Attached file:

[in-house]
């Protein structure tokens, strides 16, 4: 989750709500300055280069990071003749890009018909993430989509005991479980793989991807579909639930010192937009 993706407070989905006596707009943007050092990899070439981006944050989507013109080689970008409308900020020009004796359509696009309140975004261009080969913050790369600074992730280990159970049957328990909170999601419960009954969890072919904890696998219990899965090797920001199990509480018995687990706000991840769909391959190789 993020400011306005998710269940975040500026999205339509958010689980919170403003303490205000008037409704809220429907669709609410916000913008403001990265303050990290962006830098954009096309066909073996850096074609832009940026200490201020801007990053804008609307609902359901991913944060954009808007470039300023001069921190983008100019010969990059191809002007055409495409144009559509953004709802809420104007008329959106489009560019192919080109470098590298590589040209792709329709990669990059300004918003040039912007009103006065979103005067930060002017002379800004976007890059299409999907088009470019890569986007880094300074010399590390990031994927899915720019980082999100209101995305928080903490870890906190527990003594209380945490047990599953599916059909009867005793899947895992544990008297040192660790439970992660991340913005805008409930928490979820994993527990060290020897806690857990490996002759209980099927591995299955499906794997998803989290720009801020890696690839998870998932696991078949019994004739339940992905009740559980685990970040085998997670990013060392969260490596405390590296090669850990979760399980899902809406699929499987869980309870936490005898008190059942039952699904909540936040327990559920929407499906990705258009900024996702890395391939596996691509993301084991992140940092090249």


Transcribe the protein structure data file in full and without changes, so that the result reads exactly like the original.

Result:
[in-house]
């Protein structure tokens, strides 16, 4: 989750709500300055280069990071003749890009018909993430989509005991479980793989991807579909639930010192937009 993706407070989905006596707009943007050092990899070439981006944050989507013109080689970008409308900020020009004796359509696009309140975004261009080969913050790369600074992730280990159970049957328990909170999601419960009954969890072919904890696998219990899965090797920001199990509480018995687990706000991840769909391959190789 993020400011306005998710269940975040500026999205339509958010689980919170403003303490205000008037409704809220429907669709609410916000913008403001990265303050990290962006830098954009096309066909073996850096074609832009940026200490201020801007990053804008609307609902359901991913944060954009808007470039300023001069921190983008100019010969990059191809002007055409495409144009559509953004709802809420104007008329959106489009560019192919080109470098590298590589040209792709329709990669990059300004918003040039912007009103006065979103005067930060002017002379800004976007890059299409999907088009470019890569986007880094300074010399590390990031994927899915720019980082999100209101995305928080903490870890906190527990003594209380945490047990599953599916059909009867005793899947895992544990008297040192660790439970992660991340913005805008409930928490979820994993527990060290020897806690857990490996002759209980099927591995299955499906794997998803989290720009801020890696690839998870998932696991078949019994004739339940992905009740559980685990970040085998997670990013060392969260490596405390590296090669850990979760399980899902809406699929499987869980309870936490005898008190059942039952699904909540936040327990559920929407499906990705258009900024996702890395391939596996691509993301084991992140940092090249």